at 03:40 PM

^so yes "ad libtum"...but with some conditions.

1edb06ded9ccf098a4517ca4a7a34ebc

(14952)

on October 21, 2012
at 03:11 PM

^ I suspect their "ad libitum" approach is what makes paleo so attractive to binge-eaters. It totally ignores portion control.

3846a3b61bc9051e4baebdef62e58c52

(18635)

on October 21, 2012
at 03:36 PM

I don't eat this way to lose weight (never did), but for those who do I think its evident that relying strictly on your will power for portion control never works. With this WOE you work with many of your bodies innate satiety signal mechanisms rather than against them. If you read many of the books above, most are about replacing vegetable oils with healthy fats. Anything can be abused though, so if your goal is weight loss....then no I would not eat that stick of butter between meals :).

3a9d5dde5212ccd34b860bb6ed07bbef

(1782)

on October 21, 2012
at 03:26 PM

I have read the Primal Blueprint. I think of all of the paleo books out there, PB is the worst offender, so it is odd you would site that one. Perfect Health does not though, you are correct. WHen I talk of paleo I am talking of the paleo followers of which this board is comprised.

3846a3b61bc9051e4baebdef62e58c52

(18635)

on October 21, 2012
at 03:55 PM

So while I tend to agree with Sisson's approach (i.e. insulin theory) you actually do not have to agree with that to recognize that just about everyone DOES agree that relying on will power alone is futile. So you get some other theorys (food reward) that are also attempting to minimize the role of will power in portion control. It all comes back to working with our system rather than against it, and in that regard I do believe this WOE is best.

1edb06ded9ccf098a4517ca4a7a34ebc

(14952)

on October 21, 2012
at 03:09 PM

I would disagree and say that Primal Blueprint is misleading. Its focus is on minimizing insulin and food toxins, and condoning liberal use (ad libitum) of fatty foods and animals. Liberal use of food for people who are overweight and metabolically deranged with poor satiety signals is a recipe for disaster. Taubes' view is similar...jsut minimize insulin and you can eat as much fat as you want. Both primarily ignore thermodynamics.

3846a3b61bc9051e4baebdef62e58c52

(18635)

on October 21, 2012
at 02:50 PM

I mean the easy answer to "does paleo rationalize over eating"....the answer is no. Hope this helps.

3846a3b61bc9051e4baebdef62e58c52

(18635)

on October 21, 2012
at 03:39 PM

For instance from the PB ....."Take notice of that point in every meal where you have attained satisfaction and feel comfortable stopping—not the point at which you are full, but the point at which you are no longer hungry for the next bite—knowing that you can eat again whenever you like." Sisson, Mark (2009-06-01). The Primal Blueprint: Reprogram your genes for effortless weight loss, vibrant health, and boundless energy (p. 98). Primal Nutrition, Inc.. Kindle Edition.

3
3ce6a0d24be025e2f2af534545bdd1d7

(26217)

on October 21, 2012
at 02:42 PM

Paleo is about learning to trust your body and to eat according to you need. That doesn't sound like over eating to me. I know personally my daily caloric intake is between 500 and 3200 calories -- that's what works for me.

This is a community pushing IF, prescriptive cycles (ie leangains), etc. None of which approch over-eating.

3ce6a0d24be025e2f2af534545bdd1d7

(26217)

on October 21, 2012
at 05:13 PM

@foreveryong -- who said IF pushes overeating or that it was about caloric restriction? It is a tool for monitoring your food and changing your gene expressions.

3a9d5dde5212ccd34b860bb6ed07bbef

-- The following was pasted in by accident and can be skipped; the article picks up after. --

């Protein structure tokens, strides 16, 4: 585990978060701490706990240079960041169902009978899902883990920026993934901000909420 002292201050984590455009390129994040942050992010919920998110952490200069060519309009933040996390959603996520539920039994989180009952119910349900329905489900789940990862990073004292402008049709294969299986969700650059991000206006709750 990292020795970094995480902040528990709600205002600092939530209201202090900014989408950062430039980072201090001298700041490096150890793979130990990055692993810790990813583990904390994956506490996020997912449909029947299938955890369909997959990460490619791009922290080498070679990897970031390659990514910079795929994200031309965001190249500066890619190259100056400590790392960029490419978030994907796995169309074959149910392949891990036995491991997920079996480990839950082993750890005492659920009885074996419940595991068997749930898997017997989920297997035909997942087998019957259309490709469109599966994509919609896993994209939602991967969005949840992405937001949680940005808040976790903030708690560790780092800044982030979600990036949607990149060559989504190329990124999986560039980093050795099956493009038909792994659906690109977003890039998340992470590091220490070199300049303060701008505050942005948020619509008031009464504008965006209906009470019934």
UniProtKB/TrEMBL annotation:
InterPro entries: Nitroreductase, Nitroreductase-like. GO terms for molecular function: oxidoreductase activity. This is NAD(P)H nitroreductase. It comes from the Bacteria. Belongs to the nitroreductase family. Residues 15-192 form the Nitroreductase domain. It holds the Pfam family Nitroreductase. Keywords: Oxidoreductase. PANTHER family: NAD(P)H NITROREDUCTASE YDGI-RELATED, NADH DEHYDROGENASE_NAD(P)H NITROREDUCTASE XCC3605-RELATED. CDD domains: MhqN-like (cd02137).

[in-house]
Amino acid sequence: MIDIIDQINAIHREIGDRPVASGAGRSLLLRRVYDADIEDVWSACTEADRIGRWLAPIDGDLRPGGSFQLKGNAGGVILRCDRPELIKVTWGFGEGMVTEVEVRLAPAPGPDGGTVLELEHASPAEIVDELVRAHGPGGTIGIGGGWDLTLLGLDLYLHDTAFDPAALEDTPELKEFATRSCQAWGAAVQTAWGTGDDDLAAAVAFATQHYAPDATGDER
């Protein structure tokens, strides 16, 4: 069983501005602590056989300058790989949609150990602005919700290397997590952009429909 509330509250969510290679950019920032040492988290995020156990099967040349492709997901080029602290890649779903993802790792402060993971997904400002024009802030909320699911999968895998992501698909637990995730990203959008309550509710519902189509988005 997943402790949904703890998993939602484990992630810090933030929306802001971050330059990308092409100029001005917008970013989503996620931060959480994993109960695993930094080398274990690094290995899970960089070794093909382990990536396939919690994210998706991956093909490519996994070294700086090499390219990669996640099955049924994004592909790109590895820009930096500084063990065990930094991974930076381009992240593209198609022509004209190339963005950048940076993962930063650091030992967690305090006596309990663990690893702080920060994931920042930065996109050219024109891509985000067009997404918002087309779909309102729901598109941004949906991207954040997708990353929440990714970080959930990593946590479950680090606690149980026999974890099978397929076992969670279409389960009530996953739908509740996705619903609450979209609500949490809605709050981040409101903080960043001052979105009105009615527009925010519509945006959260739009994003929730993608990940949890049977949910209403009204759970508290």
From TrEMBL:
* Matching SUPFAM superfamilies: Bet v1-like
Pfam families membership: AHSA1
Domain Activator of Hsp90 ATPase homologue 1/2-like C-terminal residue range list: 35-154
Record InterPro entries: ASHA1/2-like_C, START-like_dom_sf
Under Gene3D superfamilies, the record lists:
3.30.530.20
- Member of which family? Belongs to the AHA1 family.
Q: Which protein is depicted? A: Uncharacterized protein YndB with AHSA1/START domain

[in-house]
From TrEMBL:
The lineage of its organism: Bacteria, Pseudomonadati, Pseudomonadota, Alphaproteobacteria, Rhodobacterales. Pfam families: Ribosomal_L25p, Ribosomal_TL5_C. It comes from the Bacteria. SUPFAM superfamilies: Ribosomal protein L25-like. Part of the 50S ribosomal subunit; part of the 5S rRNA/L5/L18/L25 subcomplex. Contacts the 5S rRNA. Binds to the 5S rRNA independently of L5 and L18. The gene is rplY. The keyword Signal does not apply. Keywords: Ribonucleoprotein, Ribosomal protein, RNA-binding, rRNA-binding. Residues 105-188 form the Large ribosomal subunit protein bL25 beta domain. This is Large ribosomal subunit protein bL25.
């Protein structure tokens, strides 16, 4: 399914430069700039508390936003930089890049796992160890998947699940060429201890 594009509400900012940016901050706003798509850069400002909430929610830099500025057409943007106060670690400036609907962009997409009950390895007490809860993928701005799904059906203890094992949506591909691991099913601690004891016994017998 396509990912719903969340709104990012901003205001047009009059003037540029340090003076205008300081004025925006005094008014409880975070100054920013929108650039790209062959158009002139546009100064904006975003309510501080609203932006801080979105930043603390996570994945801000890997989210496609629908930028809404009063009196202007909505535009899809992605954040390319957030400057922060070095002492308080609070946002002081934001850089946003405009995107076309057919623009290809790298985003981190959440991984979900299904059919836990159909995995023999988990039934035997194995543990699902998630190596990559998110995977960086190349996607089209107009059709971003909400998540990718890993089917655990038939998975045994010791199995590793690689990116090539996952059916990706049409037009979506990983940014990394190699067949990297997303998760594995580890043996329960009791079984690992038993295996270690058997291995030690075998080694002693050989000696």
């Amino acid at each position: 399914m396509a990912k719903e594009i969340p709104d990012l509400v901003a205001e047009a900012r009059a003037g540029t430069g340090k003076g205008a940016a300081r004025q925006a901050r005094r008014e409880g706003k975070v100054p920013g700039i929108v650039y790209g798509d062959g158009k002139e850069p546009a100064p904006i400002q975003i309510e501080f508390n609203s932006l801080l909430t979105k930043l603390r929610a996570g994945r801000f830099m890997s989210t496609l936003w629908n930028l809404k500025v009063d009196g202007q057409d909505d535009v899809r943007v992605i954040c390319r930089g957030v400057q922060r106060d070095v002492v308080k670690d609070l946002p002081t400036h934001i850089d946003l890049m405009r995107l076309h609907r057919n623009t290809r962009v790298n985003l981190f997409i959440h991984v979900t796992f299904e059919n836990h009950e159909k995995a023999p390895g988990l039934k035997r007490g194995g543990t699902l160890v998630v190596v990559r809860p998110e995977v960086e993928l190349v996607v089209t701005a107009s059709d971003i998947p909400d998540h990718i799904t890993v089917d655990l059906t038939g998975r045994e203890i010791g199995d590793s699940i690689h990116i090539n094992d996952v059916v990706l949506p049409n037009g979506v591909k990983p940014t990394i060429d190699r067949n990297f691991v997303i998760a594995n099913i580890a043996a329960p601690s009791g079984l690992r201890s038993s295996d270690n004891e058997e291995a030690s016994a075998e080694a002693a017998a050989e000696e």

(1782)

on October 21, 2012
at 03:31 PM

No where does it say that paleo is about learning to trust your body and to eat according to what you need. You just made that up because it sounded good. Paleo in theory is recognized as eating a diet compatible with the foods we evolved on eating- which mainly means elinating Neolithic foods (grains and refined sugar in particular).

3846a3b61bc9051e4baebdef62e58c52

(18635)

on October 21, 2012
at 03:56 PM

@ alligator...you may have missed this from the PB ....."Take notice of that point in every meal where you have attained satisfaction and feel comfortable stopping—not the point at which you are full, but the point at which you are no longer hungry for the next bite—knowing that you can eat again whenever you like." Sisson, Mark (2009-06-01). The Primal Blueprint: Reprogram your genes for effortless weight loss, vibrant health, and boundless energy (p. 98). Primal Nutrition, Inc.. Kindle Edition. For more Paleo Diet hacks: Does paleo rationalize over-eating? - PaleoHacks.com http

3ce6a0d24be025e2f2af534545bdd1d7

(26217)

on October 21, 2012
at 05:16 PM

@alligator. Every single scientific study has shown that people who eat according to a paleo style VOLUNTARILY reduce their caloric intake wrt their baseline and the control group. So to suggest that it rationalizes over-eating it way off base.

3ce6a0d24be025e2f2af534545bdd1d7

(26217)

on October 21, 2012
at 05:14 PM

@alligator, I'm not sure who you read, but Sisson and Wolf both talk about this. So does Kresser, Attia, and Guyenet.

1edb06ded9ccf098a4517ca4a7a34ebc

(14952)

on October 21, 2012
at 02:44 PM

LOL @ IF doesn't push overeating. That's the whole approach- with IF you supposedly get the benefits of caloric restriction without actually having to restrict calories.... just under-eat all day then feast at night.

2
77877f762c40637911396daa19b53094

(78467)

on October 22, 2012
at 02:07 PM

Relative to other dietary regimes which emphasise portion control and food energy value, paleo encourages unrestricted eating in terms of quantities and calories. This is largely because the paleo type diet tends to be one of the most satiating of all diets.

However, within your question there is an important implication, and that is whether the satiety of a paleo diet is sufficient to limit food intake in order to maintain a healthy body composition.

During ancestral times the availability of food, whether meat or plant based, would have been variable and perhaps seasonal. Certainly it would have been far removed from having a stocked up pantry or the convenience of a supermarket. Also, there would have been a considerable investment in calories that would have had to be expended in order to secure the next food parcel.